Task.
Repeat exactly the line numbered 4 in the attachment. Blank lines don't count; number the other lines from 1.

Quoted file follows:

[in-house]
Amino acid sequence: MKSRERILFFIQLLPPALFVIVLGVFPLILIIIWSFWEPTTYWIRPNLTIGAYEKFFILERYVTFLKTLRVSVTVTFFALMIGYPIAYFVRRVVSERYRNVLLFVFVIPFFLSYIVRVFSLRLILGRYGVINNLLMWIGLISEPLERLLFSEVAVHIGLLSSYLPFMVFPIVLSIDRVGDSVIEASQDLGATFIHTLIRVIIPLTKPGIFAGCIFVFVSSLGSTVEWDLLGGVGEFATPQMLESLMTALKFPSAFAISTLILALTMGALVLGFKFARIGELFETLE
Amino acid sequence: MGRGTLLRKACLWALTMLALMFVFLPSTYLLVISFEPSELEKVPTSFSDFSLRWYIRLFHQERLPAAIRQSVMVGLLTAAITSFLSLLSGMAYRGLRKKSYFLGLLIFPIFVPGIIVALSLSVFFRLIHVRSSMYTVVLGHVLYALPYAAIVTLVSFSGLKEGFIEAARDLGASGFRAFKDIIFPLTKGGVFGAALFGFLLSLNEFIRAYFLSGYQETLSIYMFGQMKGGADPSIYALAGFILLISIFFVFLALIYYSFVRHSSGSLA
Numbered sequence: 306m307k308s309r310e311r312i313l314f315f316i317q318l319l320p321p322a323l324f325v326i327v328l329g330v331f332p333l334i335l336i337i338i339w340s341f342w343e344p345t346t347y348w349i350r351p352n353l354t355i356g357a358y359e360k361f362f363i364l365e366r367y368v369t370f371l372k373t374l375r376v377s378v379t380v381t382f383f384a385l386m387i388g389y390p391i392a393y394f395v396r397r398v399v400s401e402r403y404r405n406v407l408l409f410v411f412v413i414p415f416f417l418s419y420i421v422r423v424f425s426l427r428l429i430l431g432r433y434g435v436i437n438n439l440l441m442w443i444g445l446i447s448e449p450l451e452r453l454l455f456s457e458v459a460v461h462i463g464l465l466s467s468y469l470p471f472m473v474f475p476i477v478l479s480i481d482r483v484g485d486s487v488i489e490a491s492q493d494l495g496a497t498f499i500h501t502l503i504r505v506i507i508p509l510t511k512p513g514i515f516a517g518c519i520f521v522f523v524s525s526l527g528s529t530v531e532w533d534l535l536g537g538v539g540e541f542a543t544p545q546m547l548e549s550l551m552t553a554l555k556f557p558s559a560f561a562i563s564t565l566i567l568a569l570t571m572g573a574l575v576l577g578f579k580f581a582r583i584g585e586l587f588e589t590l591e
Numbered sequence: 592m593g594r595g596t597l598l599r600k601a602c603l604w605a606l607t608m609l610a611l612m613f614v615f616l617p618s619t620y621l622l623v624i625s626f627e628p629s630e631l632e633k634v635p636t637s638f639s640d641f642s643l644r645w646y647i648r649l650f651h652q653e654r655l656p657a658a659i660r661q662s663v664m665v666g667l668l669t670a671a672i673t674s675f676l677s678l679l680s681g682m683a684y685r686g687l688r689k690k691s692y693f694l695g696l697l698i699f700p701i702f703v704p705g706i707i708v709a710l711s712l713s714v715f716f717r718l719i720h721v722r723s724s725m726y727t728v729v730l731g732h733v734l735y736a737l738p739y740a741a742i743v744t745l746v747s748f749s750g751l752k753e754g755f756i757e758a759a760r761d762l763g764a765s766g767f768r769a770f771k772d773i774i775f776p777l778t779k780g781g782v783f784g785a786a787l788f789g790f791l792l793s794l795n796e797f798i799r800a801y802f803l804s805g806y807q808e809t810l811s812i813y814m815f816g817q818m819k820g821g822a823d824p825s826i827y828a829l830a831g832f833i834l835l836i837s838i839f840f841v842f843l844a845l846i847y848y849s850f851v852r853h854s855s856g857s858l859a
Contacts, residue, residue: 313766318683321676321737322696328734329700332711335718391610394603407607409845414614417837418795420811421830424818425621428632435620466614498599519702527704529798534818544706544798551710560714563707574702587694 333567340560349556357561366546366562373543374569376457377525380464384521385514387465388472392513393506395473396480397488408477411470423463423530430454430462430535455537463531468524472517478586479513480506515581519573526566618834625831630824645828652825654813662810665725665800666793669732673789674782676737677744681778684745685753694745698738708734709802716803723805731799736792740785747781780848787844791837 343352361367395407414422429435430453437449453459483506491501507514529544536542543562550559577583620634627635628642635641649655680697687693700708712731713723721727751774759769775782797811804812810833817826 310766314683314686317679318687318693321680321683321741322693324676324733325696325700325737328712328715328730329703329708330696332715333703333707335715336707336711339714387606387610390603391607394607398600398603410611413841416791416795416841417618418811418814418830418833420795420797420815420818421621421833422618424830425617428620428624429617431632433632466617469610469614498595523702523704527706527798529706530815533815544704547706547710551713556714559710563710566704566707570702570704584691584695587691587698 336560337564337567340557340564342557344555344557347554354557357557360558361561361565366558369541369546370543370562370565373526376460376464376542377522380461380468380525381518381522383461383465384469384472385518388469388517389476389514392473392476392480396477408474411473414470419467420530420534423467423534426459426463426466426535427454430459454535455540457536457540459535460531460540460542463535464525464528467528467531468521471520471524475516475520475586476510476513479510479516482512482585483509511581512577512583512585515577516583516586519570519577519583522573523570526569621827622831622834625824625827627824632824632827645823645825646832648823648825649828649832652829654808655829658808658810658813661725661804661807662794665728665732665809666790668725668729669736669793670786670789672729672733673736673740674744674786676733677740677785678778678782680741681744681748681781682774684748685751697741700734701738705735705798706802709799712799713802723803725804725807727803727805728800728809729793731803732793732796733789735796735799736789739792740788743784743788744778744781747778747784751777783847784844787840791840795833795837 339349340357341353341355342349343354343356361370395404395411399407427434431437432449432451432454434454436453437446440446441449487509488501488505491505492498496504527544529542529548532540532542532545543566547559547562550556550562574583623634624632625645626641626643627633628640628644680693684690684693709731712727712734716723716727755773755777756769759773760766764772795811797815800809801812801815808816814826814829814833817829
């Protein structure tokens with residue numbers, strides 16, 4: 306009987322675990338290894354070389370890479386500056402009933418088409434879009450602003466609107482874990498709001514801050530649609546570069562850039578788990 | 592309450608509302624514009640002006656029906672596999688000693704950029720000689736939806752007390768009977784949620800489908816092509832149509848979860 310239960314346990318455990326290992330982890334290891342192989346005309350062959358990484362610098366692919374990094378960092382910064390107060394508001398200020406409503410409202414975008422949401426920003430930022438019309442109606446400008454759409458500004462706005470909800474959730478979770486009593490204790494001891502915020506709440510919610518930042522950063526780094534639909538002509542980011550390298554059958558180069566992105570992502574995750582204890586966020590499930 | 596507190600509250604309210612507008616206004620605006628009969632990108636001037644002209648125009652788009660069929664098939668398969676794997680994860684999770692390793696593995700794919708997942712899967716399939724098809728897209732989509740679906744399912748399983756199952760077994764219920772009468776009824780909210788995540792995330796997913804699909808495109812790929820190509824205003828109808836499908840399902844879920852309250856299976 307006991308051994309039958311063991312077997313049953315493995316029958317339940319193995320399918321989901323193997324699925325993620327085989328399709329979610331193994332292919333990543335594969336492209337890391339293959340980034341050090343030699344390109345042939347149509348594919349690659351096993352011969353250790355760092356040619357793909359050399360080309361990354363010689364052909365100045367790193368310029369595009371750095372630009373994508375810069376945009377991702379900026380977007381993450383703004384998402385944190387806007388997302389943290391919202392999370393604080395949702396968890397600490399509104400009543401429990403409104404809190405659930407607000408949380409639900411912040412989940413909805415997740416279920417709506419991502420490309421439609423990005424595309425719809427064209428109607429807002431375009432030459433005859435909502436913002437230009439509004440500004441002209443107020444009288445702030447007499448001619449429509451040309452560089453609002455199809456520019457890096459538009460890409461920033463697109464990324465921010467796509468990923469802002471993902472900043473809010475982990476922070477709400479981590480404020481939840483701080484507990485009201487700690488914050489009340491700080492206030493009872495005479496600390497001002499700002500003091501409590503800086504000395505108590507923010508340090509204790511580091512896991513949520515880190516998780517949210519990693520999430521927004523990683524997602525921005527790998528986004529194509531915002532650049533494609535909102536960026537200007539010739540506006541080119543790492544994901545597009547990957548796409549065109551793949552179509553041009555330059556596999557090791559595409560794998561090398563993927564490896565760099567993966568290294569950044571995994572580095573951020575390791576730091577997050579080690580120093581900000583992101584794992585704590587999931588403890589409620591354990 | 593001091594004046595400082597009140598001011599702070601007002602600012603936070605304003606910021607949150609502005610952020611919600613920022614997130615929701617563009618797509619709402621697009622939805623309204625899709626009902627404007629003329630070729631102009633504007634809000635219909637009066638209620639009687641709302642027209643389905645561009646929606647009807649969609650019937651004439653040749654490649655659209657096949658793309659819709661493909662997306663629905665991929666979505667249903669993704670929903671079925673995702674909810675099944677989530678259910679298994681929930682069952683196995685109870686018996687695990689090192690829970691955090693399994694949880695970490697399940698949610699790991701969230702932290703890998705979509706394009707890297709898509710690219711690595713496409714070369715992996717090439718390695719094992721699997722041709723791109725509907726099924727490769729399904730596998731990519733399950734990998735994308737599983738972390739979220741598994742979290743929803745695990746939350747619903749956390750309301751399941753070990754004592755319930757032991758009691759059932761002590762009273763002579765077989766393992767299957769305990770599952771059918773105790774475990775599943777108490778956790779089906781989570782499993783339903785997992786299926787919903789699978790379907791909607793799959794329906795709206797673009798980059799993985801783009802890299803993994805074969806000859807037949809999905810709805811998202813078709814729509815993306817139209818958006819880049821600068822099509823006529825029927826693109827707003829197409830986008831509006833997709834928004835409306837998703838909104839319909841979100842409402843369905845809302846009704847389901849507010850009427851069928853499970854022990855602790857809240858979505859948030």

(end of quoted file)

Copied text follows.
Numbered sequence: 306m307k308s309r310e311r312i313l314f315f316i317q318l319l320p321p322a323l324f325v326i327v328l329g330v331f332p333l334i335l336i337i338i339w340s341f342w343e344p345t346t347y348w349i350r351p352n353l354t355i356g357a358y359e360k361f362f363i364l365e366r367y368v369t370f371l372k373t374l375r376v377s378v379t380v381t382f383f384a385l386m387i388g389y390p391i392a393y394f395v396r397r398v399v400s401e402r403y404r405n406v407l408l409f410v411f412v413i414p415f416f417l418s419y420i421v422r423v424f425s426l427r428l429i430l431g432r433y434g435v436i437n438n439l440l441m442w443i444g445l446i447s448e449p450l451e452r453l454l455f456s457e458v459a460v461h462i463g464l465l466s467s468y469l470p471f472m473v474f475p476i477v478l479s480i481d482r483v484g485d486s487v488i489e490a491s492q493d494l495g496a497t498f499i500h501t502l503i504r505v506i507i508p509l510t511k512p513g514i515f516a517g518c519i520f521v522f523v524s525s526l527g528s529t530v531e532w533d534l535l536g537g538v539g540e541f542a543t544p545q546m547l548e549s550l551m552t553a554l555k556f557p558s559a560f561a562i563s564t565l566i567l568a569l570t571m572g573a574l575v576l577g578f579k580f581a582r583i584g585e586l587f588e589t590l591e